NOTE 2. — Prefix means to place before ; annex, to place after.
50. First Method of Proof. — Multiply the divisor and quotient together, and to the product add the remainder, if any, and, if the work is right, the result obtained will equal the dividend.
48. How are the numbers arranged for short division? At which hand do you begin to divide ? Why not begin at the right, where you begin to multiply? Where do you write the quotient? If there is a remainder after dividing a figure, what is done with it? — 49. The rule for short division ? Repeat the notes ?
Note. - This method of proof depends upon the fact, that division is the reverse of multiplication. The dividend answers to the product, the divisor to one of the factors, and the quotient to the other.
50. How is short division proved? Of what is division the reverse ? To what do the three terms in division answer in multiplication? What, then, is the reason for this proof of division ?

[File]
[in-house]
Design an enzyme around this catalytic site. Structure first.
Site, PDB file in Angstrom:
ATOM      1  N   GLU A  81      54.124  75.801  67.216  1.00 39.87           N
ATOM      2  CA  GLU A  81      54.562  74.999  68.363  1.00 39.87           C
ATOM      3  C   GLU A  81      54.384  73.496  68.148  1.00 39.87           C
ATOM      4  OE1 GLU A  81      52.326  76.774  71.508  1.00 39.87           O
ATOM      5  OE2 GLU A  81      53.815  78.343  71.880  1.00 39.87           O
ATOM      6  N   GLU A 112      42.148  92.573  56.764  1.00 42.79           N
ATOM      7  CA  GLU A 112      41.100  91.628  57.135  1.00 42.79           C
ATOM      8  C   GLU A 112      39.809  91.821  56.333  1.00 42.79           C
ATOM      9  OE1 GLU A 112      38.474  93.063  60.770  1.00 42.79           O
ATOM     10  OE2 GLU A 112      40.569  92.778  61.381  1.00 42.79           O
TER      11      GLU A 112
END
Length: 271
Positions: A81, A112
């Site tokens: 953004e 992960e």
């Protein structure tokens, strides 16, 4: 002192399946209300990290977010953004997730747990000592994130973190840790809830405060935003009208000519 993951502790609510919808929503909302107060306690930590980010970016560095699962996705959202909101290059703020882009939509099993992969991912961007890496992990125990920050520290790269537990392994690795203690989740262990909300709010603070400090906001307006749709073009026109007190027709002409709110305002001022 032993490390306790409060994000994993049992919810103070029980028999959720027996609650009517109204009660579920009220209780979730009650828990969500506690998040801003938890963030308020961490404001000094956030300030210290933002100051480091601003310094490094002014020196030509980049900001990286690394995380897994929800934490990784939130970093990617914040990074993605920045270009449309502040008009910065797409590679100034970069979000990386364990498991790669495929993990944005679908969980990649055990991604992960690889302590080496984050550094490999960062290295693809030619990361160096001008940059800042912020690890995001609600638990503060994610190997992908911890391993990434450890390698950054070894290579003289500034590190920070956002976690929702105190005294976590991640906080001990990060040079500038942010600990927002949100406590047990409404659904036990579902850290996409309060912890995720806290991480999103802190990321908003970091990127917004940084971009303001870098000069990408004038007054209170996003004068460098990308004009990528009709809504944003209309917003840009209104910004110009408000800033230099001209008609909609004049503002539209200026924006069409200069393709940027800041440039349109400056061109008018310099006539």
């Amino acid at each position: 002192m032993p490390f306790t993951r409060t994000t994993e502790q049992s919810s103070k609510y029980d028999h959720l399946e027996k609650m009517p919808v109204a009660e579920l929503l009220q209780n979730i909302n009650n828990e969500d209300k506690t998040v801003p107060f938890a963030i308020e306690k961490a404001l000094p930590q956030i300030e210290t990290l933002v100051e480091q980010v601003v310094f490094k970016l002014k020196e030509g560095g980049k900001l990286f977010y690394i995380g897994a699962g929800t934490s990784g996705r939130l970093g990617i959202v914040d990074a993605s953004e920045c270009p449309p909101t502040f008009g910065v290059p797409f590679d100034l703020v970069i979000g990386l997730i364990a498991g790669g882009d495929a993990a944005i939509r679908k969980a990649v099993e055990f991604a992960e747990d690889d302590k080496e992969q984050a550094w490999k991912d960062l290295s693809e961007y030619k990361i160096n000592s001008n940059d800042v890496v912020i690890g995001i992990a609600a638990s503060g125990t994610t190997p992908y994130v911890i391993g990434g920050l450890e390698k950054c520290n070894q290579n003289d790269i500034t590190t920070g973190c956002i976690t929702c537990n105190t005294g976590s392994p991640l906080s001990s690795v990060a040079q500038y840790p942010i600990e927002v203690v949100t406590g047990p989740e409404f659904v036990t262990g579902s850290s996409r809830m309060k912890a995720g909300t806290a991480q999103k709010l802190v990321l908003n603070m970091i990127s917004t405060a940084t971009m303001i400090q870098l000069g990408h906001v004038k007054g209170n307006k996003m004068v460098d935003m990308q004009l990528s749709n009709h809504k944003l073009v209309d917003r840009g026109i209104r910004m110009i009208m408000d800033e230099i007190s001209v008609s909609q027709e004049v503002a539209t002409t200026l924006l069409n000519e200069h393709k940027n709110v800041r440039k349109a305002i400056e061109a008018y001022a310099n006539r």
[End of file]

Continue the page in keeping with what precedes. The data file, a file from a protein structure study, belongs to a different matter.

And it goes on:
23. Divide 944,580 dollars equally among 12 men, and what will be the share of each ?
Ans. 78,715 dollars. 24 Divide 154,503 acres of land equally among 9 persons.
Ans. 17,167 acres. 25. A plantation in Cuba was sold for 7,011,608 dollars, and the amount was divided among 8 persons. What was paid to each person?
Ans. 876,451 dollars. 26. A prize valued at 178,656 dollars is to be equally divided among 12 men; what will be the share of each ?
Ans. 14,888 dollars. 27. Among 7 men, 67,123 bushels of wheat are to be distributed; how many bushels will each man receive ?
Ans. 9,589 bushels. 28. If 9 square feet make 1 square yard, how many yards in 895,347 square feet?
Ans. 99,483 yards. 29. A township of 876,136 acres is to be divided among 8 persons ; how many acres will be the portion of each ?
Ans. 109,517 acres. 30. Bought a farm for 5670 dollars, and sold it for 7896 dollars, and I divide the net gain among 6 persons ; what does each receive ?